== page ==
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Impact of Age and Symptom Development on SARS-CoV-2 Transmission in Households With Children—Maryland, New York, and Utah, August 2020–October 2021

Jazmin Duque, Zuha Jeddy, Kim Altunkaynak, and Brandon Poe, Abt Global; Kelsey M Sumner, Fatimah S Dawood, Alexandra Mellis, Suxiang Tong, Justin S Lee, Ashton Dixon, Vic Veguilla, and Melissa A Rolfes, Centers for Disease Control and Prevention; Ruth A Karron, Maria Deloria Knoll, Elizabeth Schappell, and Marissa K Hetrich, Bloomberg School of Public Health, Johns Hopkins University; Melissa S Stockwell, Priyam Thind, Maria Julia E Castro, and John Paul Harris, Vagelos College of Physicians and Surgeons, Columbia University; Joseph B Stanford, Emily Hacker, and Christina A Porucznik, University of Utah School of Medicine; Jennifer Meece and Elisha Stefanski, Marshfield Clinic Research Institute


September 26, 2022

A new Centers for Disease Control and Prevention (CDC) study of COVID-19 transmission in households with children shows little difference in transmission rates between vaccinated and unvaccinated people. But the study, for which Abt Global was a collaborator, provides further confirmation that vaccination reduces the chances of acquiring an infection and that isolation of people with COVID-19 reduces transmission within households.

The study, conducted before the emergence of the Omicron variant and vaccines for children in the United States, found that severe acute respiratory syndrome coronavirus 2 (SARS-CoV-2), the virus that causes COVID-19, was transmitted from people of all ages and from those with or without symptoms. However, staying in a separate room from other household members while sick significantly reduced the odds of transmission to another household member. The findings highlight how important CDC-recommended medical and non-medical prevention steps are for everyone to control transmission and prevent infection in households.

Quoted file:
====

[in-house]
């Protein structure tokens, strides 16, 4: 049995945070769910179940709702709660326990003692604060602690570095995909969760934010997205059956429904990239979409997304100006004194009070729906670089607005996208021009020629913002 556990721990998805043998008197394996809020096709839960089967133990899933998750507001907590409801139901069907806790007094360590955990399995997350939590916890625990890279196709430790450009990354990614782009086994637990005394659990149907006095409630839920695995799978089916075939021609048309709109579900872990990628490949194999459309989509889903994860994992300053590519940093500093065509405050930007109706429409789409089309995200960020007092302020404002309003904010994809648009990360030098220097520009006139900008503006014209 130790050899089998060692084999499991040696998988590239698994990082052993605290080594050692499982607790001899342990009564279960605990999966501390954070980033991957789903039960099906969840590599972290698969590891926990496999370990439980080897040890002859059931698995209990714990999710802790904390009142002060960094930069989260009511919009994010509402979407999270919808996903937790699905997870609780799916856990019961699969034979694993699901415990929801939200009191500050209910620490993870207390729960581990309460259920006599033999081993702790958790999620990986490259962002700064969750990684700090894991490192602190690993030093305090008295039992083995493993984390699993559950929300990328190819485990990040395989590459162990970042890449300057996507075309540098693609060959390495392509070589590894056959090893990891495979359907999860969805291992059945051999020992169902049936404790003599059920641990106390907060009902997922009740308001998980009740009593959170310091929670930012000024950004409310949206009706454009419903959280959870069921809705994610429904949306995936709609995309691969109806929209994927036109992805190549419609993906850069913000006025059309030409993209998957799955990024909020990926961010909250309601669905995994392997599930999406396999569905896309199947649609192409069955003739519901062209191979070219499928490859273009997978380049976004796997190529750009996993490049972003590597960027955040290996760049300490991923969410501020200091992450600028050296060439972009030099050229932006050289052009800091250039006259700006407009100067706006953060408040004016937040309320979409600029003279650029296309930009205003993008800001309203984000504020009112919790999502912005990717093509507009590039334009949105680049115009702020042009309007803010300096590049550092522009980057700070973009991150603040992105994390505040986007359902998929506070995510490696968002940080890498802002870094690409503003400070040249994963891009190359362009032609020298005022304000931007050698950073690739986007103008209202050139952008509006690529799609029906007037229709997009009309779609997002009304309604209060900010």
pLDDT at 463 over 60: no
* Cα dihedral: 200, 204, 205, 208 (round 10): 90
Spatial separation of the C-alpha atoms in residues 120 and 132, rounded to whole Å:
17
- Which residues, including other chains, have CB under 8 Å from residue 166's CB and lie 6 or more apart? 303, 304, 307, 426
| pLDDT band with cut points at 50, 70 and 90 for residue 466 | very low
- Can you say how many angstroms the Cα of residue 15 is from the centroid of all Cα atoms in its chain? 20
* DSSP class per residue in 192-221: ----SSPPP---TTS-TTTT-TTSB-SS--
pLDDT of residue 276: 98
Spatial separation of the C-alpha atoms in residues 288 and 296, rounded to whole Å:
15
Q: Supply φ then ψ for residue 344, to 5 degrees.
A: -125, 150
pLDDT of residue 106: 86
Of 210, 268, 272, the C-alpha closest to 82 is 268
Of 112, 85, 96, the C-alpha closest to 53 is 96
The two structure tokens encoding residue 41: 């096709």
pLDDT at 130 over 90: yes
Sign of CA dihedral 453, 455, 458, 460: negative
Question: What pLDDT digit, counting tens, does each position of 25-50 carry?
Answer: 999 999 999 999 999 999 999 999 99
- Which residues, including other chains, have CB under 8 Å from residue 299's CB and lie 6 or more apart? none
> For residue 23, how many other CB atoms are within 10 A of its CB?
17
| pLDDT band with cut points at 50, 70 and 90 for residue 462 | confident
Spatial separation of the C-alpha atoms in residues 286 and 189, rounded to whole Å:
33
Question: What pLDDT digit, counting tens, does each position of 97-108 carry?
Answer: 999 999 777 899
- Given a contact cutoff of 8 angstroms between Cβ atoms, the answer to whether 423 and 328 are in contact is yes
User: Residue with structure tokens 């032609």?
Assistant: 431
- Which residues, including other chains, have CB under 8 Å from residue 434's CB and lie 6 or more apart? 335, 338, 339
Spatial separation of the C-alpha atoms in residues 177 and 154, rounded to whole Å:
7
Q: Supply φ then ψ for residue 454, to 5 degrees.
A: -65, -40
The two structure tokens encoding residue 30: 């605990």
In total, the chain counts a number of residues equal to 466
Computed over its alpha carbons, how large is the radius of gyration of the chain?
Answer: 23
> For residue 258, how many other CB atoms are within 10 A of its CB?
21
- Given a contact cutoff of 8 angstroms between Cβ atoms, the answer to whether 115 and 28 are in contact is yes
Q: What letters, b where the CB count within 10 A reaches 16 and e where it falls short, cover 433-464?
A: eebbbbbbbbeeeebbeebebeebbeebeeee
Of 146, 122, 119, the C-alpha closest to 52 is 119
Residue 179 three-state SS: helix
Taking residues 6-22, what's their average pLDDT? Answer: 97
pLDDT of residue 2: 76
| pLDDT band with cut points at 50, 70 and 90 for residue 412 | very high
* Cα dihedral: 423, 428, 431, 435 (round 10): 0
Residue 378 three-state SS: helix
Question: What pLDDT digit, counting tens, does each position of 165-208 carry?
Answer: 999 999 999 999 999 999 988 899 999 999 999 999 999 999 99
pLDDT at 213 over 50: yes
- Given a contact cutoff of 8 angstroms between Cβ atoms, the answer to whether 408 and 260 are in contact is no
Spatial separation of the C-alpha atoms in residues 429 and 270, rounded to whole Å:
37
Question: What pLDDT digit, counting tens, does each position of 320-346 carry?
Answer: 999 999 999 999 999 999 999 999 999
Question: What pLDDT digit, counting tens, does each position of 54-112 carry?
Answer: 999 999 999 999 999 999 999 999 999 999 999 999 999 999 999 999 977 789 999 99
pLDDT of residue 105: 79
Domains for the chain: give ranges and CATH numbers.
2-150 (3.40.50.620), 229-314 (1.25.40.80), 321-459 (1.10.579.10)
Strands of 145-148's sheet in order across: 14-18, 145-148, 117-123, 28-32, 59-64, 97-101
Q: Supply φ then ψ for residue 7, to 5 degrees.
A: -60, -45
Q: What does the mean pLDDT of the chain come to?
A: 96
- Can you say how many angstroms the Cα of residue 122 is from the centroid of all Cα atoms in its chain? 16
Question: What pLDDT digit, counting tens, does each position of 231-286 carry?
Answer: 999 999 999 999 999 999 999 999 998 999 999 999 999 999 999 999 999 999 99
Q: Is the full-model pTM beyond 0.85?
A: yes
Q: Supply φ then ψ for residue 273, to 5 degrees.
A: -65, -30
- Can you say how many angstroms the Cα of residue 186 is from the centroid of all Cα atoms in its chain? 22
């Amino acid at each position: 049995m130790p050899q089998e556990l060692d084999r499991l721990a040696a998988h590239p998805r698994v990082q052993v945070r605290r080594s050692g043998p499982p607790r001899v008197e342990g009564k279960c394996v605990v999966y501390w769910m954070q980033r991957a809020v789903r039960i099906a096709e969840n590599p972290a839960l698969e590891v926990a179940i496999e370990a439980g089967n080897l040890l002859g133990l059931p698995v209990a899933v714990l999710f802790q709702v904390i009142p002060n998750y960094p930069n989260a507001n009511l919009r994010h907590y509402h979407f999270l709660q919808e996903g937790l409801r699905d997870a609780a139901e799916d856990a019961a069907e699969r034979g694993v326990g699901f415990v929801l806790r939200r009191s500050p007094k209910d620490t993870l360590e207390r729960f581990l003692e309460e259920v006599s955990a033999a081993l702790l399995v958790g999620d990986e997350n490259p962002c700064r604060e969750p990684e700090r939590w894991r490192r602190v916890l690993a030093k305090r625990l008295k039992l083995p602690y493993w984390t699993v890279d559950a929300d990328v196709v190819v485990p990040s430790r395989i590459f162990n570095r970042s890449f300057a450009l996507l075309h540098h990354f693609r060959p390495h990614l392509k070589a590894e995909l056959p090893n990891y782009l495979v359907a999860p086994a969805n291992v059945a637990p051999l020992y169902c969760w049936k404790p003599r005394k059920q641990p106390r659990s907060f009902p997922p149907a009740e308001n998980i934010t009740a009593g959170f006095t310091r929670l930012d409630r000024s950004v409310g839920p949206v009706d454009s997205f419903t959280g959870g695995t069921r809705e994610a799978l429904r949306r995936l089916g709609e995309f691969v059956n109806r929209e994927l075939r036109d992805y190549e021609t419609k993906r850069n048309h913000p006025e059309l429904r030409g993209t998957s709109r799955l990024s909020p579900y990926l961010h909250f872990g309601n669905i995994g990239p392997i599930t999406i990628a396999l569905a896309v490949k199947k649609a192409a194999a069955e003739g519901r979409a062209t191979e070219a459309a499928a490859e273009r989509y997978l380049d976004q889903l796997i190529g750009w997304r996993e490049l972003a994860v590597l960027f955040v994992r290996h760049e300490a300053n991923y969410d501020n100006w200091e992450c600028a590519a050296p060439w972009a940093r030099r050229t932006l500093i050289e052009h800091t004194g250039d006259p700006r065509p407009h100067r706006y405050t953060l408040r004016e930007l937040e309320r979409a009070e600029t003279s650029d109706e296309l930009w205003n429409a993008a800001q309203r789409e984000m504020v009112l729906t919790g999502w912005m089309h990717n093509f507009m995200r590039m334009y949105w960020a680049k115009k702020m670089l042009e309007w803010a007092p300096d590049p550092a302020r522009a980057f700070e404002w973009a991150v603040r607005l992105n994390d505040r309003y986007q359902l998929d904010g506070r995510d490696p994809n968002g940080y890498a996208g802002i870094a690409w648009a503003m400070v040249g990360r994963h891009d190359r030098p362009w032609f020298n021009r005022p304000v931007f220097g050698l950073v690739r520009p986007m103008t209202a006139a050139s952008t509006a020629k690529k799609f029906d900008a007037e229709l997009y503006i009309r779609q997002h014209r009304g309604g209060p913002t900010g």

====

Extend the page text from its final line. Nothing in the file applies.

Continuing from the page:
The study used data from 513 households and 2.053 people. Researchers collected the data from participants in the the Coronavirus Household Evaluation and Respiratory Testing study from August 2020 to August 2021 for households in Utah and from September 2020 to August 2021 for those in New York City. The study also included data from the SARS-CoV-2 Epidemiology And Response in Children study in Maryland, with data collected from November 2020 to October 2021.

Participants collected and submitted nasal swabs weekly and with onset of acute illness. The study, which followed participants through the Alpha and Delta waves, captured both asymptomatic and symptomatic infections with SARS-CoV-2. Participants completed weekly surveys, online or via text, about symptoms experienced in the preceding week and, if they had symptoms, what preventive measures they took such as isolating or wearing a mask.

Participants in the study included researchers from Abt, CDC, Bloomberg School of Public Health at Johns Hopkins University, Vagelos College of Physicians and Surgeons at Columbia University, University of Utah School of Medicine, and Marshfield Clinic Research Institute.